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Numerade Educator



Problem 11 Medium Difficulty

Consider the following problem: A farmer with $ 750ft $ of fencing wants to enclose a rectangular area and then divide it into four pens with fencing parallel to one side of the rectangle. What is the largest possible total area of the four pens?
(a) Draw several diagrams illustrating the situation, some with shallow, wide pens and some with deep, narrow pens. Find the total areas of these configurations. Does it appear that there is a maximum area? If so, estimate it.
(b) Draw a diagram illustrating the general situation. Introduce notation and label the diagram with your symbols.
(c) Write and expression for the total area.
(d) Use the given information to write an equation that relates the variables.
(e) Use part (d) to write the total area as a function of one variable.
(f) Finish solving the problem and compare the answer with your estimate in part (a).


a) max area appears to be $14,062.5 \mathrm{ft}^{2}$
b) Let $x$ be one side of the overall pen and $y$ the other\c)
c) $A=y \times x$
d) $5 x+2 y=750$
e) $A=x\left(375-\frac{5}{2} x\right)$
f) Maximum area is 14062.5 $\mathrm{ft}^{2}$

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Video Transcript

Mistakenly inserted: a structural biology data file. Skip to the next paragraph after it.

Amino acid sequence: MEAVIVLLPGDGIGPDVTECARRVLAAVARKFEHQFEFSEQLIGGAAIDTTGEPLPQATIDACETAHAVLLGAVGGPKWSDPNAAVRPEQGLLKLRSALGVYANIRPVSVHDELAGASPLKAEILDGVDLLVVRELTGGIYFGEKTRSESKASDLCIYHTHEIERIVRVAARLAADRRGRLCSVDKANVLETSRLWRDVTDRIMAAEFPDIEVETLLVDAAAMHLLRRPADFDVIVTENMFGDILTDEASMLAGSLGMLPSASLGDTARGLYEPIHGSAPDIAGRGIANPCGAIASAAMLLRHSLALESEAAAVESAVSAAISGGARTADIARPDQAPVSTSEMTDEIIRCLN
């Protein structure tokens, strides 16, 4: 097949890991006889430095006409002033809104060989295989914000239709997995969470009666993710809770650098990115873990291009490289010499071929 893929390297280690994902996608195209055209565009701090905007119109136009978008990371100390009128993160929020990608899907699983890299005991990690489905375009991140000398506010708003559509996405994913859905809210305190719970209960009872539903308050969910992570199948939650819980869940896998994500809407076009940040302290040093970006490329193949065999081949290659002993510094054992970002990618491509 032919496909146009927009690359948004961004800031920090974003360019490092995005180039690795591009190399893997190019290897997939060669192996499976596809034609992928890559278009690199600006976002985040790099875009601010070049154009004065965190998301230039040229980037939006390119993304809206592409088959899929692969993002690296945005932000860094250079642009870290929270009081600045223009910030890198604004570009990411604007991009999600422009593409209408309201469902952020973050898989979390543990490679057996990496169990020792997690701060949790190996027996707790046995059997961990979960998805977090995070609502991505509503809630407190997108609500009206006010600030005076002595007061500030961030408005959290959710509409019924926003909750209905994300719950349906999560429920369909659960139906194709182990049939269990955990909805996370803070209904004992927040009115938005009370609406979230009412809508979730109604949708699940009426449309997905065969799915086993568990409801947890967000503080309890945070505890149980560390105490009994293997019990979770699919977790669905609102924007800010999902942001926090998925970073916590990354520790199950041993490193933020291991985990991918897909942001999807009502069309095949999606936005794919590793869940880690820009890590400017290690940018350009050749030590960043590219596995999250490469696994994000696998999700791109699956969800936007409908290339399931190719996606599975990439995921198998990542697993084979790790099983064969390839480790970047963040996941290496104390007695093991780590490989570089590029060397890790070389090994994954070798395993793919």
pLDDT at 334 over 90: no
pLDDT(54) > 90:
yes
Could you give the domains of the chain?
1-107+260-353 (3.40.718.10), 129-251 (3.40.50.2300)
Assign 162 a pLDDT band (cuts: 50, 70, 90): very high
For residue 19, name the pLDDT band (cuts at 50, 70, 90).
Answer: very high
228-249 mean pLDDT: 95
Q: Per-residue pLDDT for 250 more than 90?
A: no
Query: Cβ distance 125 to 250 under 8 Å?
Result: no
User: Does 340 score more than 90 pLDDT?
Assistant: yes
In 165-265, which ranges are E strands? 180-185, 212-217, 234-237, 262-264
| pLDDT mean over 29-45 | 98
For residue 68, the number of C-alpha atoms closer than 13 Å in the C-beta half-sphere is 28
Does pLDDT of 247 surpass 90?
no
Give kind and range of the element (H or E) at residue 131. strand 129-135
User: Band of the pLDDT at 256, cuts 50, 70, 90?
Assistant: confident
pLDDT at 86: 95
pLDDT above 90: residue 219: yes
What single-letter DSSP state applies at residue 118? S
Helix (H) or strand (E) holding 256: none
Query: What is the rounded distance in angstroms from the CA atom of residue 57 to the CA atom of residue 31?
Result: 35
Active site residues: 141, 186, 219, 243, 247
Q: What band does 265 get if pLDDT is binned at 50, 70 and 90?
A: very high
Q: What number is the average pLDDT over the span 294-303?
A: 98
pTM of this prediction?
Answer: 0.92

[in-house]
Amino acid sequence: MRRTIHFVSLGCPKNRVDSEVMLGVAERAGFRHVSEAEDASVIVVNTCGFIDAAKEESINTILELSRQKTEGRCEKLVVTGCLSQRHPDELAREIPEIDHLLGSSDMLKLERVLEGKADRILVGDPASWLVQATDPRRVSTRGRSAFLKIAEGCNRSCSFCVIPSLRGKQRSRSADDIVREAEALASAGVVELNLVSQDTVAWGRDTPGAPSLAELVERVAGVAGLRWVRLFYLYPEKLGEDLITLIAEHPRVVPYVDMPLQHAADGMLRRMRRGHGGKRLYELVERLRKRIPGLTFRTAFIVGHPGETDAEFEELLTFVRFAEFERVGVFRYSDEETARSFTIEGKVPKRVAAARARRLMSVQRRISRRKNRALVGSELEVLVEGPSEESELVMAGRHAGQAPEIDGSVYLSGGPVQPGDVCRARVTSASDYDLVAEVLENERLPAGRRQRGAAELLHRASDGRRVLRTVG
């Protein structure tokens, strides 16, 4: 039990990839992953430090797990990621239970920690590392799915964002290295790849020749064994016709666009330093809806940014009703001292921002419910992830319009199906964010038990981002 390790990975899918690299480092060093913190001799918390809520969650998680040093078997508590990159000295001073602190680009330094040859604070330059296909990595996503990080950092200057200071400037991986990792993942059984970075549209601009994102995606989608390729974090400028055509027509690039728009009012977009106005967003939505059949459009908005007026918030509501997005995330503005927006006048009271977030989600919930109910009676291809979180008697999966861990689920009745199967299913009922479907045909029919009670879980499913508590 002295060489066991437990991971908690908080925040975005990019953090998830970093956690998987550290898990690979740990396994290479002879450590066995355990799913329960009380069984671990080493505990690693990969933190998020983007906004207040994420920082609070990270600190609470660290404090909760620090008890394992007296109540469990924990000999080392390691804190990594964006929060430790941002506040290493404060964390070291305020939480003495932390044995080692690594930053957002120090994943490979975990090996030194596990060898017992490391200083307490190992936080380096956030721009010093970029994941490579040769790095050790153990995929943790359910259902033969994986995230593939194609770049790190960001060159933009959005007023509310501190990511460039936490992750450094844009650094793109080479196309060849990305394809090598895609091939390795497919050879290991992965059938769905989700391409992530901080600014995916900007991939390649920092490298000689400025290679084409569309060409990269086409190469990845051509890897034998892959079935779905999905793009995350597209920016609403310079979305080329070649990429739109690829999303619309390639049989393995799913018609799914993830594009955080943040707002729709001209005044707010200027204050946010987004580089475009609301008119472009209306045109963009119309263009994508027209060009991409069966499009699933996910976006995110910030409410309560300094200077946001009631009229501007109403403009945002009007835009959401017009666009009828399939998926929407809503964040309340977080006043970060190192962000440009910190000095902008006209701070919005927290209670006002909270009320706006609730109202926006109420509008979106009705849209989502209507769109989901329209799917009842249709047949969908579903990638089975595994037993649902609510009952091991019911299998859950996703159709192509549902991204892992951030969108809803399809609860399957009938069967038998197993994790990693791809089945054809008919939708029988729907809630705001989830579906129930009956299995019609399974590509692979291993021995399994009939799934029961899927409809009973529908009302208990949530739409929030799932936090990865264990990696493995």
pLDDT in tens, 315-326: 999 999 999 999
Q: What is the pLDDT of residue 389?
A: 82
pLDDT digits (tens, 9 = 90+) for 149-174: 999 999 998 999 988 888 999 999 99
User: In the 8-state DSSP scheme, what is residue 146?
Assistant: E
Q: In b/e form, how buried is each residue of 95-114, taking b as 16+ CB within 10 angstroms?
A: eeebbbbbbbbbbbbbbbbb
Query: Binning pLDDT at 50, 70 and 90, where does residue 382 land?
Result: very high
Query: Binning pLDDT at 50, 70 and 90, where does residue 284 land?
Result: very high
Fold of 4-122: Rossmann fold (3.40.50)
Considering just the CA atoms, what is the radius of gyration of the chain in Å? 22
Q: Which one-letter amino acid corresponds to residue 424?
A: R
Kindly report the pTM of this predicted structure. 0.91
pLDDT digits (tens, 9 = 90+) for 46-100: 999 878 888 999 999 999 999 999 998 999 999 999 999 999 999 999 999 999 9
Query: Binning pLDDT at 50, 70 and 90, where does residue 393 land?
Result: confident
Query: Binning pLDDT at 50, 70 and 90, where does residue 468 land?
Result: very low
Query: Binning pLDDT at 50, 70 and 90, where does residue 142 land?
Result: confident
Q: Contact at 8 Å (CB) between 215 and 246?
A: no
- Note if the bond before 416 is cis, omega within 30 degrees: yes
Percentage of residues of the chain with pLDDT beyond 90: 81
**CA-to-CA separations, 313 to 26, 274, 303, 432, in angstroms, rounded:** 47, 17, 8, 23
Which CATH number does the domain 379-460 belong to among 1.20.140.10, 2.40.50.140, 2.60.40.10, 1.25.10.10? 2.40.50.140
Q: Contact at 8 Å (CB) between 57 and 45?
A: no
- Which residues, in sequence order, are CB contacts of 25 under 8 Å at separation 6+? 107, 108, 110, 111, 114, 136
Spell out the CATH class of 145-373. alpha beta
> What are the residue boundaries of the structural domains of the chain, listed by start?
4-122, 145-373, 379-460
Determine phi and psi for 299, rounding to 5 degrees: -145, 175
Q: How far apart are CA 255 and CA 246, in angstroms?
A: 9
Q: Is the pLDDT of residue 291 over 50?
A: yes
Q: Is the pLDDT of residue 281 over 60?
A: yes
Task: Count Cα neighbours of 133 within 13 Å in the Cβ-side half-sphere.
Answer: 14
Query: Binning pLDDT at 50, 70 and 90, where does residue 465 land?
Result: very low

So we're gonna start off with a formula where we can pick a value for width and get a value for the length of the other sides. So it's going to be 750 minus two W um, And since we have 750 ft of fencing to work with, we subtract two w from it to get what's left for the other sides. Um and then, since there are five parallel sides, what we have is that P is equal to 7. 50 minus two w over five. So we could alternatively, make a formula where we pick the length of the five parallel sides instead. But this is what our fencing is gonna look like. So, um, we have 200 ft here, 70 ft here, and then it will be broken up like this. Um, that would give us 70 times 200 which equals 14,000 ft squared. There's other drawings. You could do it there. Give us 9000, but experimenting with numbers. The max area we seem to get is somewhere around here. But we want to figure this out for ourselves. We want the absolute maximum. So for 11 B, part B. We're gonna let one side of the overall pen B X and the other side B y. So it's kind of like Lake. Yes. So this is going to be hard. Why? This will be X. And then there will be the rest of the pen and all of it subdivisions. Then we let it be the X width and the y length and a area so a is going to equal X times y. So then, for part that was C. So for part D, Um, what we have is letting x be the length of the end wall and y be the length of the dividing wall. What we end up having is two x plus three, uh, two x plus three x So this is the two X. And then there's the three acts right here. 123 and then we have two y right here and right here. So plus two y is going to echo five x plus two y and we know that five X plus two y is going to add up to equal +17 50 because that is our amount of fencing that we have. So now we can solve for y and we get y equals 750 minus five x over two. And we know that a equals x times y so we can substitute that in. So we get a equals X times this portion so we can just rewrite that as 375 x minus five house x squared. Then on top of that, um, for F, what we can do is differentiate this area and we end up getting a prime being equal to 375 minus five x. We set this equal to zero and see, um, that X equals 75. So what that tells us is that since when a prime of X is less than zero, you get when X is greater than 75 and a prime of X is greater than zero when X is less than 75. What we see is that X equals 75 is a local max. In that area, a of 75 is going to equal 14,062 750.5 ft squared